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Overcome logistics hurdles, reduce lead times

Aug. 24, 2022
System integrator Interstates reports, even if some products are more available, getting them delivered requires creative solutions
Read more about the supply chain

This article is part of a series about the automation supply chain. Read more on the topic here.

Greater availability of some products is welcome news, but they can’t provide any actual benefits until they’re delivered at less-than-prohibitive rates for the products and transporting them. Stan Spaulding, supply chain director at Interstates, reports that commodity items became more available in the last several months, and that the system integrator in Sioux Center, Iowa, hasn’t seen the same shortages as it did last fall and during much of 2021. Interstates is a certified member of the Control System Integrators Association (CSIA).

“Commodities made of base metals and composites that are simple and stored in bulk are available. This includes copper wire, aluminum, steel and PVC conduit, and some electrical materials,” says Spaulding. “However, anything that needs microprocessor chips or requires complex assembly, such as circuit boards, breakers, I/O cards, motor control centers (MCC), PLCs or other automation and control products still have extremely long lead times. We can expect 10- to 20-week lead times, or even up to 40 to 60 weeks, especially if those items come from Asia or Ukraine.”

Spaulding adds there are several strategies that end users, project manager and other system integrators can use to mitigate supply chain delay and other problems. These include:

  • Designate someone in the organization, or a team for larger organizations, to be dedicated to handling and resolving supply chain issues;
  • Develop designs and plan projects further ahead;
  • Work with clients to make them aware of delays, and manage their expectations to reduce unwelcome surprises;
  • Even of a design isn’t done, order materials that are likely to be used, but can still be placed on hold until they are needed;
  • Be more aggressive in ordering ahead—go from just-in-time inventory to just-in-case inventory;
  • Standardize on parts and products, so there will be fewer specialized part numbers, and so that more items can be used by other projects;
  • Cultivate by-name relationships with suppliers and other partners, so everyone will be more likely to help each other deal with today’s increasing crisis situations; and
  • Maintain constant communications between all players.

Even if raw materials, parts and products are available, Spaulding adds that transportation and logistics expenses are also causing new hurdles and delays. “We’ve seen a 40% increase in freight and shipping costs via sea, air and ground,” explains Spaulding. “Much of this is driven by Europe’s dependence on Russia’s oil and gas that’s caused fuel prices to escalate. It’s also due to high demand for freight and a shortage of 60,000-100,000 truck drivers in the U.S. Freight constraints coupled with component availability have had real impacts, such as lead times that are four to five times longer than normal. Today, we have to wait more than 100 days for PLC components that our suppliers used have in stock. Standalone switchboards for electric rooms that we used to get in eight to 10 weeks are now taking 40 to 50 weeks or more, depending on the manufacturer and the breakers used in the switchboard.”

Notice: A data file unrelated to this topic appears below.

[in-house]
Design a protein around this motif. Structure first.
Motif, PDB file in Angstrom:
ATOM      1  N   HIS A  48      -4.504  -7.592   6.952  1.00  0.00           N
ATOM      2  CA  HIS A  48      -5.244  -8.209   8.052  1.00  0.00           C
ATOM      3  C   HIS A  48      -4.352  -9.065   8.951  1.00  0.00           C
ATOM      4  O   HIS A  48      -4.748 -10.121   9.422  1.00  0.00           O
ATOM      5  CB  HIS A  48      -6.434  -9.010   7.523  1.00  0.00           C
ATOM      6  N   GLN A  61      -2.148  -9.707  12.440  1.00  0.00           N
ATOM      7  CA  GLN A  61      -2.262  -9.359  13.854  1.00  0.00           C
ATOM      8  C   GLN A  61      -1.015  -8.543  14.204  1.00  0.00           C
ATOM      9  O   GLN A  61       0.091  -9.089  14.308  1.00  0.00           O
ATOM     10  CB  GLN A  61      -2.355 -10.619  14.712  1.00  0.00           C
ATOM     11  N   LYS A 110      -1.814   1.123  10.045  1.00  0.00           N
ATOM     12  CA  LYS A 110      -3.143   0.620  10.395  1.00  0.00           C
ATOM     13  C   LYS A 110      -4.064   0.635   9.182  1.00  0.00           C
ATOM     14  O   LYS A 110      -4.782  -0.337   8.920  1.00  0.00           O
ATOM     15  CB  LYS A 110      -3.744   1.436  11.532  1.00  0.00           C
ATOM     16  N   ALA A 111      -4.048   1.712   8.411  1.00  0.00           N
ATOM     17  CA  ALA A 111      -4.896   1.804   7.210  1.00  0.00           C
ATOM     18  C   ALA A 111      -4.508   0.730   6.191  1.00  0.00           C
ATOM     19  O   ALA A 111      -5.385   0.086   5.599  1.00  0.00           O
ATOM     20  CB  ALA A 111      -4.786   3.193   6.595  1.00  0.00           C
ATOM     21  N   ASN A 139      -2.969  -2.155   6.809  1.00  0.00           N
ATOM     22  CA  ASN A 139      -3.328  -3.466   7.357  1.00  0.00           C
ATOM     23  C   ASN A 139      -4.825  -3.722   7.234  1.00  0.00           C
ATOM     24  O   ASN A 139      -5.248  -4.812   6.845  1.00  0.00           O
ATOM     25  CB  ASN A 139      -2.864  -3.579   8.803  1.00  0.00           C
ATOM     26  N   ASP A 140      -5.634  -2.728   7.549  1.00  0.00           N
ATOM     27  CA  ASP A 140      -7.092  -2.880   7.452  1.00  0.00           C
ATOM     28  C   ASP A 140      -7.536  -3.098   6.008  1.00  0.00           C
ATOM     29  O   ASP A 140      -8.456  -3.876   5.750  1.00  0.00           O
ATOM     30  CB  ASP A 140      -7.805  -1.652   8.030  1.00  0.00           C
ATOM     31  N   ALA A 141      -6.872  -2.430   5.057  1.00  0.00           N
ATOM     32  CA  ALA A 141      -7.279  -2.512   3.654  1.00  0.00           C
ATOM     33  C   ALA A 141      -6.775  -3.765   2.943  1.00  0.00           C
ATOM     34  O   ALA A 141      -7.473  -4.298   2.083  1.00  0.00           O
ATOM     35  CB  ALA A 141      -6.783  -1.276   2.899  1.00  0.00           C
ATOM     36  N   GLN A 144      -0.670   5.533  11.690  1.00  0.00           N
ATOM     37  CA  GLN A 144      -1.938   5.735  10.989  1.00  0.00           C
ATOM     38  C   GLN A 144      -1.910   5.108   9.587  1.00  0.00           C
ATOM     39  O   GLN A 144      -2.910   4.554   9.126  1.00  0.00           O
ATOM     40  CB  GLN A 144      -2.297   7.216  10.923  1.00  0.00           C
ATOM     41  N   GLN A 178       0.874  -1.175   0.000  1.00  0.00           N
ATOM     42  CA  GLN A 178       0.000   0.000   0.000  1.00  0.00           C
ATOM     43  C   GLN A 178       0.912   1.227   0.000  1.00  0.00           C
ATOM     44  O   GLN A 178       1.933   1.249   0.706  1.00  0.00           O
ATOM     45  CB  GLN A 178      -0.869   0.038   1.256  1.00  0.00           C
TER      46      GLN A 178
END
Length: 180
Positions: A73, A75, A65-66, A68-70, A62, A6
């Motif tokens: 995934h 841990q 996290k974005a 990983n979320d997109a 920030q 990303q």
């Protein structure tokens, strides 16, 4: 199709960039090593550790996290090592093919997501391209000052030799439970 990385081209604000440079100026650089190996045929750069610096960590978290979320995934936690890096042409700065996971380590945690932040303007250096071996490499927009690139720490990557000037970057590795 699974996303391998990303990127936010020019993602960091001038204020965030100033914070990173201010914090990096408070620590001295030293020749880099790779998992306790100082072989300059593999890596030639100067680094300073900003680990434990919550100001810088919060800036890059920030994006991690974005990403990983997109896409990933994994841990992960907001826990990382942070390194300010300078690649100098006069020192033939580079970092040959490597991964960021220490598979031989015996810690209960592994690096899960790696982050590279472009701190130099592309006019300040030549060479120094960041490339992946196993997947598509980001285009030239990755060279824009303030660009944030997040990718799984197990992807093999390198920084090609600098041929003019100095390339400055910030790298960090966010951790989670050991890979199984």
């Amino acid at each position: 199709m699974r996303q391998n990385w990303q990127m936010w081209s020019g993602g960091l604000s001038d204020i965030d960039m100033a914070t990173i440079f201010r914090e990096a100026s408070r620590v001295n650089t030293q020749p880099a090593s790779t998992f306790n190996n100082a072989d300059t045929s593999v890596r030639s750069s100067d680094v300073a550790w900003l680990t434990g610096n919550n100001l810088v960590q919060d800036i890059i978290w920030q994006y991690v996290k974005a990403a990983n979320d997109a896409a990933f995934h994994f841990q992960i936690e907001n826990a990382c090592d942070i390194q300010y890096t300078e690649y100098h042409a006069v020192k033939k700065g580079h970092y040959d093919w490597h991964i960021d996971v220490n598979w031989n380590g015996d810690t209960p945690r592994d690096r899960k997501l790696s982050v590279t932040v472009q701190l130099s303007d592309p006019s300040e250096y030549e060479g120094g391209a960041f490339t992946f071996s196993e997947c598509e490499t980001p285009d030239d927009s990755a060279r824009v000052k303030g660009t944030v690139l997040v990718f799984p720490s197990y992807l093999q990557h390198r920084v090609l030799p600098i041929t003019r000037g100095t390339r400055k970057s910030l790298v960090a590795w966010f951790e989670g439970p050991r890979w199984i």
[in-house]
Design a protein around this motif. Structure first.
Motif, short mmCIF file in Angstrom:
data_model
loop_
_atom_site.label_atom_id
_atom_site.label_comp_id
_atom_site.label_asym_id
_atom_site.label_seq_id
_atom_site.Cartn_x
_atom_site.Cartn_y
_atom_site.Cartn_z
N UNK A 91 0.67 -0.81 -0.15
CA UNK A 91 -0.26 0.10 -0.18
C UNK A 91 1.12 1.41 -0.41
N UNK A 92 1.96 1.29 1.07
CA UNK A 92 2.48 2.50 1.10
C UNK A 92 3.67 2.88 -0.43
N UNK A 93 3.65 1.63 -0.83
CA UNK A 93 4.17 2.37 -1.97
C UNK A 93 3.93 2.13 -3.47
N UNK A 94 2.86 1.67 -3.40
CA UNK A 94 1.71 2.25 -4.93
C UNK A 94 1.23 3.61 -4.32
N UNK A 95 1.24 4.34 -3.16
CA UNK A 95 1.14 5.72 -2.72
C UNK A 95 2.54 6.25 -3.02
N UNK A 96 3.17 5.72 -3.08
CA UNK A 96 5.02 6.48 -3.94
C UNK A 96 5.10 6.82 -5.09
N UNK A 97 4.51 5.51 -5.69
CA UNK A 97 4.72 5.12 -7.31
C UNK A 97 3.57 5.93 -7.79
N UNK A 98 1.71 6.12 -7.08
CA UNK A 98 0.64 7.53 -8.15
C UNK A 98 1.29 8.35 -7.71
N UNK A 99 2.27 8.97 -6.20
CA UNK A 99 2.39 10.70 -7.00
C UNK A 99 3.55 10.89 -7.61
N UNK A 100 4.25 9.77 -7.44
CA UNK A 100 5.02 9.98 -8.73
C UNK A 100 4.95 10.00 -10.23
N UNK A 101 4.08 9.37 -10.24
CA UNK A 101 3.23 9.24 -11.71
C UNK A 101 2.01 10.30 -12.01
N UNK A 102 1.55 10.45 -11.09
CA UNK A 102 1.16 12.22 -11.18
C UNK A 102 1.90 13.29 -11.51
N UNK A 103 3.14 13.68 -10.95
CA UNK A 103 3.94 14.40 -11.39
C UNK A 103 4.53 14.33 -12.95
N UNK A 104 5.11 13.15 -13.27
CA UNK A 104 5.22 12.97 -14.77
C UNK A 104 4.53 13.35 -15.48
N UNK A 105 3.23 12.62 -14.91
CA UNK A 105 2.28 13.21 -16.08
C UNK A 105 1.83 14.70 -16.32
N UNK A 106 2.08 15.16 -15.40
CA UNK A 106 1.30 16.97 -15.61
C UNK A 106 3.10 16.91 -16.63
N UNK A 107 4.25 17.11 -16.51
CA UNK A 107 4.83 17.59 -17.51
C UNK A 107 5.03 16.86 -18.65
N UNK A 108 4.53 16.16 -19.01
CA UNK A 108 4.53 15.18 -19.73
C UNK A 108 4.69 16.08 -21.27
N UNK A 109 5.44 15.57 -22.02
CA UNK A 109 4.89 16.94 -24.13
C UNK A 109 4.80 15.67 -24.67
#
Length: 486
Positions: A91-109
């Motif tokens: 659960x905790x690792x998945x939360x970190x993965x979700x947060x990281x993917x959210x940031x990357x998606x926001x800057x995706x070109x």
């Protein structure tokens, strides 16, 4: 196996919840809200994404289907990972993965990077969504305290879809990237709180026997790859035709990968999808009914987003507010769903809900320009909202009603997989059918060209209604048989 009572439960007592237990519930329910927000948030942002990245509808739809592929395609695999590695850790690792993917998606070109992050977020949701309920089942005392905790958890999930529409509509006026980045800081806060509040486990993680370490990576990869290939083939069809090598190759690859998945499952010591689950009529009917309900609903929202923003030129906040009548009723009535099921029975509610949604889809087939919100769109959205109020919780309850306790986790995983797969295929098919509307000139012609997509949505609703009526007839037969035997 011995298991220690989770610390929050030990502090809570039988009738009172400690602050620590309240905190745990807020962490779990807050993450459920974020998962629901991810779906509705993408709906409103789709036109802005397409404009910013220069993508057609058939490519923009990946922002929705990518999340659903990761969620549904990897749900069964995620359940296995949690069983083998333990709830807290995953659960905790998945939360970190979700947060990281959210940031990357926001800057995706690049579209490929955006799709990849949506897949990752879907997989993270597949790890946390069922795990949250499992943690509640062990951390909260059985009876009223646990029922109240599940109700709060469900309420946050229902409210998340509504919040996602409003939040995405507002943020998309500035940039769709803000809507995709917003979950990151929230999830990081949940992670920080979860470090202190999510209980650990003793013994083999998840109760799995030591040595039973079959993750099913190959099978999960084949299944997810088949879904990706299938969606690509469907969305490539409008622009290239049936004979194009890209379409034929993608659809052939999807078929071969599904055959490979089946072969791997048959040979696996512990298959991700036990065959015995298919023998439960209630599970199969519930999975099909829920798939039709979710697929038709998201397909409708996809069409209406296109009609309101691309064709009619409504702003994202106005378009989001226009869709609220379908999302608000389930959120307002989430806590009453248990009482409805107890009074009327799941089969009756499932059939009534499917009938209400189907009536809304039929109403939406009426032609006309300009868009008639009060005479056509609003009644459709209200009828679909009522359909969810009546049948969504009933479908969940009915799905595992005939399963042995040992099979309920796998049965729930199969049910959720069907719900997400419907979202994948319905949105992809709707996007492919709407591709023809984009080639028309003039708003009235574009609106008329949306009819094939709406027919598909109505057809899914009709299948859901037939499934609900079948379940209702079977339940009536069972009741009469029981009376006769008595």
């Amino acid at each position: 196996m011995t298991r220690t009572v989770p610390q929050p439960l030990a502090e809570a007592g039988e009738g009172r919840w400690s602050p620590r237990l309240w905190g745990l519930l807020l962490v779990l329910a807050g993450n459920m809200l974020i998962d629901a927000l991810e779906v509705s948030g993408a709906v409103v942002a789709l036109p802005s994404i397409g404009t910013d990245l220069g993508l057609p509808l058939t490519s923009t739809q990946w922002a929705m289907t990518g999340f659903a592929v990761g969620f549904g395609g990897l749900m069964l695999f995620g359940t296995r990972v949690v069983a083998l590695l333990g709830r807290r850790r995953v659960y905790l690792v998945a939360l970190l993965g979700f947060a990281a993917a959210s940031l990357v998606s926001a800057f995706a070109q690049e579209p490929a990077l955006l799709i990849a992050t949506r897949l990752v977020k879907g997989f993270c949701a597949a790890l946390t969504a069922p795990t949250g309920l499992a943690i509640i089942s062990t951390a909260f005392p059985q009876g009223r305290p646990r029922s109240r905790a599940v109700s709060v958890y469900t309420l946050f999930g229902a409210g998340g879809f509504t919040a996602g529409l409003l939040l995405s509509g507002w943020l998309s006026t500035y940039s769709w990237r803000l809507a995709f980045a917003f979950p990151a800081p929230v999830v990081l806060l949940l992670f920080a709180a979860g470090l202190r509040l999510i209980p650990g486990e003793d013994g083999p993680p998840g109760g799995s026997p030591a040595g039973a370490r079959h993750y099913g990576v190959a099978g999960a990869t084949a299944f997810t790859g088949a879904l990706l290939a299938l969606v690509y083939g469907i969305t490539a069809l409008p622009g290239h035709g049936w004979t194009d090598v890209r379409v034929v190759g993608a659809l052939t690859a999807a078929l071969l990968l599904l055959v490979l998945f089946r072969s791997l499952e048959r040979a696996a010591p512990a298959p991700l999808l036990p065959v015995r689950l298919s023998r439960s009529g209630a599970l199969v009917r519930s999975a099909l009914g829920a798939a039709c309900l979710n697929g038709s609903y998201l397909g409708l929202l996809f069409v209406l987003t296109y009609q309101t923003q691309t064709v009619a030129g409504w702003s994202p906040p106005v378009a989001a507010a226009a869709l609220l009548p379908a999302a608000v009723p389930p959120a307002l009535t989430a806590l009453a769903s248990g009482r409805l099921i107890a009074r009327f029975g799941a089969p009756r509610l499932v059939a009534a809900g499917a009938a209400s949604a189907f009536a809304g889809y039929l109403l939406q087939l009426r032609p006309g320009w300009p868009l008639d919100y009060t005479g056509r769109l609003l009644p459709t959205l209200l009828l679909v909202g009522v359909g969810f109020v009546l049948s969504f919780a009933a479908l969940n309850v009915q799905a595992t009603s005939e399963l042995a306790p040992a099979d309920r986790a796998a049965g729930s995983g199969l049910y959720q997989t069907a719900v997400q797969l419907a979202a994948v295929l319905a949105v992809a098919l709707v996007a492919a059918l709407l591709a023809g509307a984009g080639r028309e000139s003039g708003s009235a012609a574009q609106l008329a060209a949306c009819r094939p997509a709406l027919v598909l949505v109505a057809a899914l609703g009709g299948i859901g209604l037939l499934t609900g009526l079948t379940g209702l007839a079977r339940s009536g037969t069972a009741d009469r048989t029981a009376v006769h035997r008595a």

Plan ahead, work ahead

To keep projects going despite these delays, Interstates works with clients to start earlier, order sooner and undertake more projects at the same time due to project durations taking up to 25-40% longer. This allows them to switch between more projects to make better use of their engineering time. “We do electrical installation of available items, perform software programming, and then wait to add items that have been delayed,” says Michael De Boer, automation director at Interstates. “We’re also staging projects differently. Now, we’ll do programming, software updates and data analytics sooner, and phase in physical components when they become available. This takes more planning by everyone, especially when coordinating with plant shutdowns. However, everyone is happy to keep working, even if scheduling is difficult.”

Spaulding adds that Interstates is buying ahead on items it’s certain to use in the future, even if they haven’t been assigned to a specific project yet. “We’re also constantly seeking alternative, authorized sources for components, but this makes tracking even more crucial,” says Spaulding. “We’ve also started using Remarcable software for managing orders, but we can’t only rely on what a computer spits out. We still track many orders via manual emails and telephone calls, and many clients often want to talk with a real person to learn about other factors affecting their supply chains, or to consider alternative products.”

About the author: Jim Montague
About the Author

Jim Montague | Executive Editor

Jim Montague is executive editor of Control. 

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